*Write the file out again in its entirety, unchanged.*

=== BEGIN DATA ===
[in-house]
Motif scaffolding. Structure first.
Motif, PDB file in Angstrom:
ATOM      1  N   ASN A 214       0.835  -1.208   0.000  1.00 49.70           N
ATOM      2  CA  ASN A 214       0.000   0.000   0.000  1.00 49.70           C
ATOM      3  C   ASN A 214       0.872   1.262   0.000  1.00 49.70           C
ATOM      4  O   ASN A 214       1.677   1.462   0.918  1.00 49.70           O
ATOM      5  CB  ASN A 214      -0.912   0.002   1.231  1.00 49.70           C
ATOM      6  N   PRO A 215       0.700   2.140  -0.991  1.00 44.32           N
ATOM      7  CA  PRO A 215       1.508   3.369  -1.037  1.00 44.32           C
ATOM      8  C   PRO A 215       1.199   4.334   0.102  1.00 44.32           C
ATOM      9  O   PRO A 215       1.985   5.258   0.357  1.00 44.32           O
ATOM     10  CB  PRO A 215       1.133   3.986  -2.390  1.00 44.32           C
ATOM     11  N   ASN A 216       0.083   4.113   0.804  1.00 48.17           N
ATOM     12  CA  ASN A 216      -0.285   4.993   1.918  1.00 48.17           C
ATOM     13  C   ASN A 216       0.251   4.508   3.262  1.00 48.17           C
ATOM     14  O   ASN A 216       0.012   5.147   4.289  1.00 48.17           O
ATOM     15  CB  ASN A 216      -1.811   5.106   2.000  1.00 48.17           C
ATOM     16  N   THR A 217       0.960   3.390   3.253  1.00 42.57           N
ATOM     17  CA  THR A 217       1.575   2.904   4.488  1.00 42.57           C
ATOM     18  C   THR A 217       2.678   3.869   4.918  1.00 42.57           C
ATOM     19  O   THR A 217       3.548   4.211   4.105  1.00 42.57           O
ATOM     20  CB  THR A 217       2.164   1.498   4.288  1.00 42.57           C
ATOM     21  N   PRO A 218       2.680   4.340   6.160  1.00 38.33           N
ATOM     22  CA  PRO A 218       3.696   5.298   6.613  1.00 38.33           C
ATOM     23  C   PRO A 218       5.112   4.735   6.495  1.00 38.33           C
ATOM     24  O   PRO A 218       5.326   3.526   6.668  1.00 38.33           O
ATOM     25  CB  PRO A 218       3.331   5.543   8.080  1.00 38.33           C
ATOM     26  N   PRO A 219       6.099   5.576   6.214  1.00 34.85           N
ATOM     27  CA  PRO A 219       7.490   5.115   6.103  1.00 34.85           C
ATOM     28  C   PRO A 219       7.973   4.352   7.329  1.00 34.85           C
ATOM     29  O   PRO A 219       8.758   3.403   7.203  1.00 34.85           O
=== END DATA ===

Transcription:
[in-house]
Motif scaffolding. Structure first.
Motif, PDB file in Angstrom:
ATOM      1  N   ASN A 214       0.835  -1.208   0.000  1.00 49.70           N
ATOM      2  CA  ASN A 214       0.000   0.000   0.000  1.00 49.70           C
ATOM      3  C   ASN A 214       0.872   1.262   0.000  1.00 49.70           C
ATOM      4  O   ASN A 214       1.677   1.462   0.918  1.00 49.70           O
ATOM      5  CB  ASN A 214      -0.912   0.002   1.231  1.00 49.70           C
ATOM      6  N   PRO A 215       0.700   2.140  -0.991  1.00 44.32           N
ATOM      7  CA  PRO A 215       1.508   3.369  -1.037  1.00 44.32           C
ATOM      8  C   PRO A 215       1.199   4.334   0.102  1.00 44.32           C
ATOM      9  O   PRO A 215       1.985   5.258   0.357  1.00 44.32           O
ATOM     10  CB  PRO A 215       1.133   3.986  -2.390  1.00 44.32           C
ATOM     11  N   ASN A 216       0.083   4.113   0.804  1.00 48.17           N
ATOM     12  CA  ASN A 216      -0.285   4.993   1.918  1.00 48.17           C
ATOM     13  C   ASN A 216       0.251   4.508   3.262  1.00 48.17           C
ATOM     14  O   ASN A 216       0.012   5.147   4.289  1.00 48.17           O
ATOM     15  CB  ASN A 216      -1.811   5.106   2.000  1.00 48.17           C
ATOM     16  N   THR A 217       0.960   3.390   3.253  1.00 42.57           N
ATOM     17  CA  THR A 217       1.575   2.904   4.488  1.00 42.57           C
ATOM     18  C   THR A 217       2.678   3.869   4.918  1.00 42.57           C
ATOM     19  O   THR A 217       3.548   4.211   4.105  1.00 42.57           O
ATOM     20  CB  THR A 217       2.164   1.498   4.288  1.00 42.57           C
ATOM     21  N   PRO A 218       2.680   4.340   6.160  1.00 38.33           N
ATOM     22  CA  PRO A 218       3.696   5.298   6.613  1.00 38.33           C
ATOM     23  C   PRO A 218       5.112   4.735   6.495  1.00 38.33           C
ATOM     24  O   PRO A 218       5.326   3.526   6.668  1.00 38.33           O
ATOM     25  CB  PRO A 218       3.331   5.543   8.080  1.00 38.33           C
ATOM     26  N   PRO A 219       6.099   5.576   6.214  1.00 34.85           N
ATOM     27  CA  PRO A 219       7.490   5.115   6.103  1.00 34.85           C
ATOM     28  C   PRO A 219       7.973   4.352   7.329  1.00 34.85           C
ATOM     29  O   PRO A 219       8.758   3.403   7.203  1.00 34.85           O